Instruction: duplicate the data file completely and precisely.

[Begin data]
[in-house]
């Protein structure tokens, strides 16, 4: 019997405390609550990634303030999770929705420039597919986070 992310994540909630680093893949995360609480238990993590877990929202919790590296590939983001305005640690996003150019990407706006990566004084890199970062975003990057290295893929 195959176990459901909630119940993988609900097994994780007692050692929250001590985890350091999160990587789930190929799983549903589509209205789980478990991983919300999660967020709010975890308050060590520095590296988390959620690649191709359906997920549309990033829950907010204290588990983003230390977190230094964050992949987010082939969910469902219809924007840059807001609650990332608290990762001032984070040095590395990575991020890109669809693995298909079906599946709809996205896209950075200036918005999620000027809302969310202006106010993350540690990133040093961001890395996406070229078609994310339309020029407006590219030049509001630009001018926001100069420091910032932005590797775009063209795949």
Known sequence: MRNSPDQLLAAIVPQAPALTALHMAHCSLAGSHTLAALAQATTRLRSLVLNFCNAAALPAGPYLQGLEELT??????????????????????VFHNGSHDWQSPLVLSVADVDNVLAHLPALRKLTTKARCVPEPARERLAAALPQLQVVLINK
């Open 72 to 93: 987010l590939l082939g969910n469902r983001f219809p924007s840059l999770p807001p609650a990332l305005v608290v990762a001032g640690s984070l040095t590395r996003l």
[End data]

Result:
[in-house]
């Protein structure tokens, strides 16, 4: 019997405390609550990634303030999770929705420039597919986070 992310994540909630680093893949995360609480238990993590877990929202919790590296590939983001305005640690996003150019990407706006990566004084890199970062975003990057290295893929 195959176990459901909630119940993988609900097994994780007692050692929250001590985890350091999160990587789930190929799983549903589509209205789980478990991983919300999660967020709010975890308050060590520095590296988390959620690649191709359906997920549309990033829950907010204290588990983003230390977190230094964050992949987010082939969910469902219809924007840059807001609650990332608290990762001032984070040095590395990575991020890109669809693995298909079906599946709809996205896209950075200036918005999620000027809302969310202006106010993350540690990133040093961001890395996406070229078609994310339309020029407006590219030049509001630009001018926001100069420091910032932005590797775009063209795949």
Known sequence: MRNSPDQLLAAIVPQAPALTALHMAHCSLAGSHTLAALAQATTRLRSLVLNFCNAAALPAGPYLQGLEELT??????????????????????VFHNGSHDWQSPLVLSVADVDNVLAHLPALRKLTTKARCVPEPARERLAAALPQLQVVLINK
């Open 72 to 93: 987010l590939l082939g969910n469902r983001f219809p924007s840059l999770p807001p609650a990332l305005v608290v990762a001032g640690s984070l040095t590395r996003l």